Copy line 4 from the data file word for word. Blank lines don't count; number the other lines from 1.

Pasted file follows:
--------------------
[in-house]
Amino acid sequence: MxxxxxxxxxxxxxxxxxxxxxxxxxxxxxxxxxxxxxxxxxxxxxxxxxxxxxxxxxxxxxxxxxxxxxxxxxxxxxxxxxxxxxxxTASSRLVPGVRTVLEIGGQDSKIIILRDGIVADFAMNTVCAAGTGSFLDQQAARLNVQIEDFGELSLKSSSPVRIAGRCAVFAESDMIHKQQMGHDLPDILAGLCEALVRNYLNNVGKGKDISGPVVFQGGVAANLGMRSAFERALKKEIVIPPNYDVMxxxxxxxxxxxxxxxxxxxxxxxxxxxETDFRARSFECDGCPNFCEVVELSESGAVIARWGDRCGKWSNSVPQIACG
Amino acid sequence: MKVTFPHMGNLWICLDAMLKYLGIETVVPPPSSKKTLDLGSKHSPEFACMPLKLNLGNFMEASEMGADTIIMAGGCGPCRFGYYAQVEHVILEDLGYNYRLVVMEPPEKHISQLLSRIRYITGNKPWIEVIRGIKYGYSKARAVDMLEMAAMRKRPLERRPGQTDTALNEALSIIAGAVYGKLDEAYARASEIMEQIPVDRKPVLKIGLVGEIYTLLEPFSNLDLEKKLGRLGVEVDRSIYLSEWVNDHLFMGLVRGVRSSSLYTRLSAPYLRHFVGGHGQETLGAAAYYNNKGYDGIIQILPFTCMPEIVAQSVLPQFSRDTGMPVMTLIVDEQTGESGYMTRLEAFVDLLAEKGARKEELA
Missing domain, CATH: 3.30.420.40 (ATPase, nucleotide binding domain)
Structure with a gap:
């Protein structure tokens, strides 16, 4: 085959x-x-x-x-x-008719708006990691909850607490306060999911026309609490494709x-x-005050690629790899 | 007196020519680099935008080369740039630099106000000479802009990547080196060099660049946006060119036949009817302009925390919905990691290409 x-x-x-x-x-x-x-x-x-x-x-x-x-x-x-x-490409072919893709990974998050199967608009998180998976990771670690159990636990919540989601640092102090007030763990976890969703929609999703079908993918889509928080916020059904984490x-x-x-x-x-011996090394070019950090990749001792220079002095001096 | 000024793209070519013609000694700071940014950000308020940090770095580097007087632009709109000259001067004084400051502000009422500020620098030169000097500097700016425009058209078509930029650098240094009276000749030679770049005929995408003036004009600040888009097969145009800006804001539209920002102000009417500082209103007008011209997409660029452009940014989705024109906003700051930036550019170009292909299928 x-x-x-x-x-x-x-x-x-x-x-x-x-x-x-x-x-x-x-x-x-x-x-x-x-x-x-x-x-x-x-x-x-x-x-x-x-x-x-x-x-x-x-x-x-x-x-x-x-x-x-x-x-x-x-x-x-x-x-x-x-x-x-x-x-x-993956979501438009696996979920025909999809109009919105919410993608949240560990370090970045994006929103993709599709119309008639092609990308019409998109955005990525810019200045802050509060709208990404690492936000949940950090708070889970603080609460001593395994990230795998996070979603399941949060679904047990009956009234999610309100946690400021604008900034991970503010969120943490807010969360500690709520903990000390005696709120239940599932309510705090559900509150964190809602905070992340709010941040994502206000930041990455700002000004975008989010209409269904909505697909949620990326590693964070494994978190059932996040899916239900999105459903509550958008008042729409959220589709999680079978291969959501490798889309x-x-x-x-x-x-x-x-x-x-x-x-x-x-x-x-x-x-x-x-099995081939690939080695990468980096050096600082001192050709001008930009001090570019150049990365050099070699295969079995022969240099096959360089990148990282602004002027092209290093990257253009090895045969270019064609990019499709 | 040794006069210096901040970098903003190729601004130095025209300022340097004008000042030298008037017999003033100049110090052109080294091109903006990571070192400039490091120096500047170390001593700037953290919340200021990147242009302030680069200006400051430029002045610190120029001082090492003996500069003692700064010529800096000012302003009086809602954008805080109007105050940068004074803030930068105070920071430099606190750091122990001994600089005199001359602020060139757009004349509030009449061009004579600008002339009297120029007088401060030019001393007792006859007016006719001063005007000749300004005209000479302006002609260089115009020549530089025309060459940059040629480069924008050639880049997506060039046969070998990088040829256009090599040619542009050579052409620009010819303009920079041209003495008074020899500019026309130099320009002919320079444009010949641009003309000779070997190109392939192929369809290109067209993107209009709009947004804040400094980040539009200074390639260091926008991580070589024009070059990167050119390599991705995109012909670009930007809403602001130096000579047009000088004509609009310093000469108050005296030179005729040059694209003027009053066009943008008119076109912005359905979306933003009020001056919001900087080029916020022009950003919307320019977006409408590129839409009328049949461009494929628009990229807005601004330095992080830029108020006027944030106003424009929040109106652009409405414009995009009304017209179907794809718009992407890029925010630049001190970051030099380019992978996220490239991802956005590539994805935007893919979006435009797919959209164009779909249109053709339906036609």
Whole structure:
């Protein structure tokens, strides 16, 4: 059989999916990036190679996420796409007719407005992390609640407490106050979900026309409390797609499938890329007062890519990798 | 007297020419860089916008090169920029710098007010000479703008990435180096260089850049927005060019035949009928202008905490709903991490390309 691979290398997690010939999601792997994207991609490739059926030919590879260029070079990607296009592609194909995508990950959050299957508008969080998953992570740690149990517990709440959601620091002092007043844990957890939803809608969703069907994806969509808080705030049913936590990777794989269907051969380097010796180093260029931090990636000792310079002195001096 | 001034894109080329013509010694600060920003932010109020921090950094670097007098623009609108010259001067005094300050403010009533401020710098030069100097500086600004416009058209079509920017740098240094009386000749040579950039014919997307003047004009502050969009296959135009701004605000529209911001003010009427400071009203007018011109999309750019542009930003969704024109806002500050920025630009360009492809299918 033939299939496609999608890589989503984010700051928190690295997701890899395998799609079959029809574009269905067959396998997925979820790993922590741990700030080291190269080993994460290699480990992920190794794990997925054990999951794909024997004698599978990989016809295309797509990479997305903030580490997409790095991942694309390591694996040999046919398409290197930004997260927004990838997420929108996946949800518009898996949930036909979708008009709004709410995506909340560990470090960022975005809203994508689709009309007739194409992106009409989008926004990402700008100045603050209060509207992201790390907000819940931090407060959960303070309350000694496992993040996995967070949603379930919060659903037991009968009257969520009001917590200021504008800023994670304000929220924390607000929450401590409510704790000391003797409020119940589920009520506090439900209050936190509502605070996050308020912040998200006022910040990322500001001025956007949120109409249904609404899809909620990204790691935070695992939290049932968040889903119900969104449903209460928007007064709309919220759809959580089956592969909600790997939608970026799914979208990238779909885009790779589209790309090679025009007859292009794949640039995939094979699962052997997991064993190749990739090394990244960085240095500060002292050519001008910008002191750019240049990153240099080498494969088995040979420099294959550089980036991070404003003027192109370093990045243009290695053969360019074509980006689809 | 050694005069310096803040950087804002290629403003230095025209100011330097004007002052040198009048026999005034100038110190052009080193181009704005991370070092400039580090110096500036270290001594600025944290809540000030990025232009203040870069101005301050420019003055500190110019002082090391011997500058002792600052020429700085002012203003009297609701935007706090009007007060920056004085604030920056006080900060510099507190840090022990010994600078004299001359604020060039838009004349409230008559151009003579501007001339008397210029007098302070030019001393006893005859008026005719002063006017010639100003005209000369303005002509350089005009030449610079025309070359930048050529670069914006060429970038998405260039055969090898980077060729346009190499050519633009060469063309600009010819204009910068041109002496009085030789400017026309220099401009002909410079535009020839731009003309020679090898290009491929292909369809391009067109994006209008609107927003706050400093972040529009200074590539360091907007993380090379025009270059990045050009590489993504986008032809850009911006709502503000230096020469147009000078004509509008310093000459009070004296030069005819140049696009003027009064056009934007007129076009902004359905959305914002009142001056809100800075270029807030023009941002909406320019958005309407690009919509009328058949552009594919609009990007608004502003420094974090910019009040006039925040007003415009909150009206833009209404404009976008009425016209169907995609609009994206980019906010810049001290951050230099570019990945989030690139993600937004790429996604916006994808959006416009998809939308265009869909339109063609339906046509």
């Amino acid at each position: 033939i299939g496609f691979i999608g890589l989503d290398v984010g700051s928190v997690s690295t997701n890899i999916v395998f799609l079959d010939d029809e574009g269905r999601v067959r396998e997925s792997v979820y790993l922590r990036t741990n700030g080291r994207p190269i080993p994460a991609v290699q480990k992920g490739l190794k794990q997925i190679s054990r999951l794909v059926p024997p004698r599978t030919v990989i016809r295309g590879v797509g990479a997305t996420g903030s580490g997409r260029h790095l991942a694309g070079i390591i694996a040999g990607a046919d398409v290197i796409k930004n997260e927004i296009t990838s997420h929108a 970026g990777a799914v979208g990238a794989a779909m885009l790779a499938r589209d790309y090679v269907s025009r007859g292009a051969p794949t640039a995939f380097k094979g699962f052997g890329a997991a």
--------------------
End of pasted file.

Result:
Missing domain, CATH: 3.30.420.40 (ATPase, nucleotide binding domain)